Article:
Public liability insurance premiums keep rising despite drop in value of awards

Personal Injuries Assessment Board (PIAB) report found awards have fallen by an average of 40 per cent

Motor insurance premiums have fallen, but not public liability insurance, according to  the Alliance for Insurance Reform

Motor insurance premiums have fallen, but not public liability insurance, according to the Alliance for Insurance Reform

 

Public liability insurance premiums continue to rise despite a significant fall in the size of injury awards, the Alliance for Insurance Reform said on Friday in the wake of a report showing awards have fallen by an average of 40 per cent.

The director of the Alliance, Peter Boland, said that motor insurance premiums are coming down, but that this is not the case with public liability insurance.

He said the alliance, which campaigns for insurance reform on behalf of a range of civic and business organisations, welcomes the report from the Personal Injuries Assessment Board (PIAB) showing a sharp fall in the value of awards since the introduction of new guidelines by the judiciary last April.

“While we are seeing some downward movement in motor insurance premiums, the experience of SMEs, voluntary and community groups, sports and cultural organisations, and charities, is that renewals are actually increasing right now.”

He said the insurance sector could not have its cake and eat it. “They identified the cost of claims as the key driver of insurance costs, and this has been addressed by the Government and the judiciary.”

The alliance has identified 37 sectors where there are no underwriters, or only one underwriter, willing to get involved in the provision of cover, he said.

The PIAB report was also welcomed by Neil McDonnell, chief executive of the small and medium-sized business organisation, Isme.

He said Isme would now like to see the Government implement a provision of the Civil Liability and Courts Act 2004 that provides for the creation of a register of the parties taking personal injury actions, in order to identify potential abuses of the system by persons who make multiple claims.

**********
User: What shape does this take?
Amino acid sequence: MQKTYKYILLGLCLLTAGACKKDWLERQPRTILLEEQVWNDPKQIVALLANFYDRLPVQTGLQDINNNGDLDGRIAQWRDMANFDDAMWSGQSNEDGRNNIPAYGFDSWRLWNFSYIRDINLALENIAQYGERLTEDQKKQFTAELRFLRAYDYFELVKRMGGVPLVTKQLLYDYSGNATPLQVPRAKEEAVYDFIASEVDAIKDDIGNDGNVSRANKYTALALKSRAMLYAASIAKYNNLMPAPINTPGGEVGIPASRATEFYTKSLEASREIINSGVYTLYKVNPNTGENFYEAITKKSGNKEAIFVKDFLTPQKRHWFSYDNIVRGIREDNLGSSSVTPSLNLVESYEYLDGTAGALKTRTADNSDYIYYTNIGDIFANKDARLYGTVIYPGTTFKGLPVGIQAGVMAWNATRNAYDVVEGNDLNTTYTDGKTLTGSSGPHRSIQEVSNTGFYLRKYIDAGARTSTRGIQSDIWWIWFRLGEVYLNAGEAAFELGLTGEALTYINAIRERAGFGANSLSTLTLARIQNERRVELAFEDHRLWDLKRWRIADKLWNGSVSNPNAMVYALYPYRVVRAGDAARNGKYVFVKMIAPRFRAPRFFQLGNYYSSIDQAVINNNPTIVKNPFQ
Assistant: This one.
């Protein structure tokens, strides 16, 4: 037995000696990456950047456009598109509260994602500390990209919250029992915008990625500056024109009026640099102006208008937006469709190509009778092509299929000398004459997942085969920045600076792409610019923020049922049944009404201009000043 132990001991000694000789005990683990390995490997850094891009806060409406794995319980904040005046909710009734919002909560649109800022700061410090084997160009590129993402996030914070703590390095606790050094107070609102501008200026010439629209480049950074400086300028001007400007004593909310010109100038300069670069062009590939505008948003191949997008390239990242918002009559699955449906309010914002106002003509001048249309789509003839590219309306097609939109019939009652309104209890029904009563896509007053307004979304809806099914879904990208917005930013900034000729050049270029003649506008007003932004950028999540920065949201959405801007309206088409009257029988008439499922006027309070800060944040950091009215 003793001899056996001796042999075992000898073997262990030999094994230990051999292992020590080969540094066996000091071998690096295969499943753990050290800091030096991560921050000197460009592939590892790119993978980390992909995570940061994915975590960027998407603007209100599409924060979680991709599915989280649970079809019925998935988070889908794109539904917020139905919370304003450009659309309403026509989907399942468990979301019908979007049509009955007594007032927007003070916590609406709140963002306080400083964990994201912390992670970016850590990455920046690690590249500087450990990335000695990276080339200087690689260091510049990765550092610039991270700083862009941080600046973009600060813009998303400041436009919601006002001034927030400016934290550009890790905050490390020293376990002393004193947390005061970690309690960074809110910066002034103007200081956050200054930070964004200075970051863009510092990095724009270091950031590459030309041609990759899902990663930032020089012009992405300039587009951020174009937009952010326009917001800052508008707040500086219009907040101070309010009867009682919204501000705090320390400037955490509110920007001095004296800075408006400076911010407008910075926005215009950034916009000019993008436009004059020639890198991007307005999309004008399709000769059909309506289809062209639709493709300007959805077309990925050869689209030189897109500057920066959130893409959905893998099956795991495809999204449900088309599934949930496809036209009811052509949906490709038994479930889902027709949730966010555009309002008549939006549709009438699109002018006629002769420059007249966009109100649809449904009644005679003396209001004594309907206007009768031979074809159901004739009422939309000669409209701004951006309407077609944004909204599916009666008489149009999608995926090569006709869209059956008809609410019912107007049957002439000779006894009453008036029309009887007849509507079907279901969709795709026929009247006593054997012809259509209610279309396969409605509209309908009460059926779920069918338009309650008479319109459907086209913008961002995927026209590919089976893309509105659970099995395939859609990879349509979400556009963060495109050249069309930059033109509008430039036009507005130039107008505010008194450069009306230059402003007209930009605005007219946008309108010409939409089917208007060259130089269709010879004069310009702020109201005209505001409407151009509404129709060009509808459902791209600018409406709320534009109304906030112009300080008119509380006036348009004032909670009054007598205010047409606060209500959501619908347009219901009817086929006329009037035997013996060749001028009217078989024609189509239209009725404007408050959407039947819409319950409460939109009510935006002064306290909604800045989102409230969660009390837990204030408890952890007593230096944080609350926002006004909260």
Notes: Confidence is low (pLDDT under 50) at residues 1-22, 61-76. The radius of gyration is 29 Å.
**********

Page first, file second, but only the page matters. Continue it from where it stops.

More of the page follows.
He said the courts are seeing “dubious, implausible, or plainly fraudulent cases” being presented to the courts every week.

Insurance Ireland, which represents the insurance industry, also welcomed the PIAB report but said competition law prevented it from commenting on future pricing.

“Our members continue to strongly support the new Guidelines and the Action Plan for Insurance Reform and believe that a more stable sector, delivered through Government reform, will reduce market volatility and bring more certainty for customers and insurers alike.”

“Insurance Ireland is prohibited from commenting on future pricing, but we believe that meaningful reductions in award levels will lead to decreased volatility and increased competition in the market over time.”

It said the public liability and employer’s liability section of the market remained very challenging.

Other areas of the Action Plan for Insurance Reform now needed to be progressed, it said, and cited the strengthening of the powers of PIAB, the rebalancing of the duty of care between business and the citizen, and increasing competition in the market.

“It is particularly crucial that we see a strengthening of PIAB’s ability to settle cases so that fewer claims go to the courts, where the legal costs add so much to the overall cost of settling claims,” said CEO Moyagh Murdock.

Pat McDonagh, the owner of Supermacs, called for the immediate reform of PIAB so that it could assess the value of all personal injury claims with recourse to the courts only on a point of law.

“We are in danger of our society losing faith in the judicial system,” he said. “I can tell you from my experience that the business community certainly has.”